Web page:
This month's For the Record comes from Fellow-in-Residence Ari Schick, this year’s Tel Aviv University Exchange Fellow. Ari’s work focuses on speculative bioethics and the governance of emerging technologies.
Brain Death at Fifty and the Next Fifty Years of Public Bioethics Discourse
by Ari Schick
One aspect of my research examines how bioethics discourse has developed in relation to particular technologies and technological imaginaries, and more broadly, the past and continuing role of bioethics in addressing issues of broad public concern. One such issue, brain death, was recently the subject of the annual conference organized by Harvard Medical School’s Center for Bioethics, which I had the opportunity to attend.
The occasion for the conference’s theme was the 50th anniversary of the influential report, “A Definition of Irreversible Coma,” published in 1968 by the Ad Hoc Committee of the Harvard Medical School to Examine the Definition of Brain Death. Under the leadership of Henry Beecher, the Committee was organized in response to the new phenomenon of patients being kept on mechanical ventilators without signs of neurological functioning. The report paved the way for the establishment of laws that expanded the legal definition of death to include the irreversible cessation of all brain function,which was pivotal in warranting the unilateral discontinuation of treatment in such cases and providing a moral and legal basis for harvesting vital organs from those declared brain dead.
The conference sought to examine the legacy of the report and the topic of brain death more generally, as well as related questions concerning organ donation. After introductory sessions on the history of the 1968 report, other reports that followed, and the Uniform Determination of Death Act (UDDA) formulated in their wake, the sessions highlighted the degree to which brain death has persisted as a topic notable for the extent to which its ethical and conceptual aspects remain highly contested, even as its legal import has largely been a settled matter. It was therefore appropriate that current issues were foremost on the agenda, and the opening event was a public symposium on the tragic case of Jahi McMath, who is currently on a ventilator in New Jersey despite being declared dead by neurological criteria in California in 2013 (the declaration is currently being contested in court).
Among the critical issues addressed during the conference were whether the generally accepted criteria for diagnosing brain death meet the statutory requirements, whether states should allow exceptions to determinations of brain death based on the beliefs of the family (as the law does in New Jersey), and whether organs may be harvested from consenting donors with severe neurological injuries who do not fully meet brain death criteria. Throughout, it was evident that the most basic question remains a matter of deep disagreement: is the concept of brain death sound, or should it be abandoned? Alternately, is brain death questionable as a definition of the biological death of the human organism, but nonetheless a valid moral and legal boundary line that provides a reasonable basis for public policy and clinical decisions? The conference was notable for bringing together many influential figures in this debate over the past decades to offer their current thinking and respond to colleagues with dissenting views.
Even as these questions were at the forefront, implicitly a second fundamental issue was at play: the role of the broader public in formulating the laws and policies that define death and the conditions under which vital organs can be harvested. Fifty years ago, it was essentially taken for granted that the way to tackle such difficult questions was through the work of expert committees comprised of clinicians, lawyers, and, as bioethics emerged as a distinct field in the 1970s, professional ethicists, whose recommendations could be translated into public policy. Over the ensuing decades, during which bioethics matured as a field of study and practice, this remained the dominant model by which various official or authoritative bodies addressed what are regarded as bioethical issues. However, many at the conference appeared to endorse a rather different sensibility: that as practical questions touching on fundamental beliefs about the nature and value of human life arise, they should be addressed with significant public input. Such a notion stands in deep tension not only with the history of bioethics discourse, but with how it was constituted at that moment, mostly among clinicians and academics, in an auditorium at the Harvard Medical School.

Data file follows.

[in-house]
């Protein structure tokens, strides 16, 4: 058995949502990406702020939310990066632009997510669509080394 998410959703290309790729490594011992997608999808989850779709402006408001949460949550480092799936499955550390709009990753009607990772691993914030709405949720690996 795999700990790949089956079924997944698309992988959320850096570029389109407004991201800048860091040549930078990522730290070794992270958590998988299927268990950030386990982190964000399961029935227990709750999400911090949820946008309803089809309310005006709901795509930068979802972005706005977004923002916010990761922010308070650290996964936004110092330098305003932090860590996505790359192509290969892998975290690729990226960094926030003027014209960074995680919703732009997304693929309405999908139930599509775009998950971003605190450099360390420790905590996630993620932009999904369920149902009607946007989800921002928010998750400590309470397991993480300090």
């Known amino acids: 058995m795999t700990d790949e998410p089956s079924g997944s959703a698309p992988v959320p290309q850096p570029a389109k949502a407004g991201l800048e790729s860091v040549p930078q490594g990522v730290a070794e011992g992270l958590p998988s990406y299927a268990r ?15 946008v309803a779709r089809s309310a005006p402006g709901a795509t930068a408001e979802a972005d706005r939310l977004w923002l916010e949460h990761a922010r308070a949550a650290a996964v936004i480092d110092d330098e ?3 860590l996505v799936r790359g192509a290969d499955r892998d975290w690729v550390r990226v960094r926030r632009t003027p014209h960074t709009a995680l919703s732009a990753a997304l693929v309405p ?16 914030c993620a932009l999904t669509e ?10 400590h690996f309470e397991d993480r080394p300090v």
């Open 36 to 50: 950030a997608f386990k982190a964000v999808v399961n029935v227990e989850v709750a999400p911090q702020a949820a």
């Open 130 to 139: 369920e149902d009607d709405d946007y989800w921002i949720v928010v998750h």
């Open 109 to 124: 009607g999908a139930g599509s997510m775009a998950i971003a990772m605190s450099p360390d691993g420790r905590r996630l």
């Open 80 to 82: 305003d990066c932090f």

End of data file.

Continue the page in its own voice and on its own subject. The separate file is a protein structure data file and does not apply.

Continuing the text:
The 50th anniversary of the Committee’s report therefore offers an opportunity to reflect not only on the legacy of its new definition of death, but on the legacy of bioethics itself and how it contributes to addressing both “legacy” issues and those that will emerge over the coming decades as extraordinary technological possibilities come closer to being realized. The discourse on brain death—in which the apparent robustness of an initial expert consensus has come to appear problematically thin in places—gives us some indication of the need for a mode of policy-oriented bioethics that proceeds with a different understanding of its role in advancing public conversations at the intersection of biomedicine, ethics, and public policy.
I don’t claim to know exactly what that role ought to be. I believe that expert contributions to rigorous conceptual, legal, and ethical analysis are important, as is substantive, sustained public participation. I do know that as difficult as it may be to integrate the two in theory, it will be far harder in practice. We’d better start trying.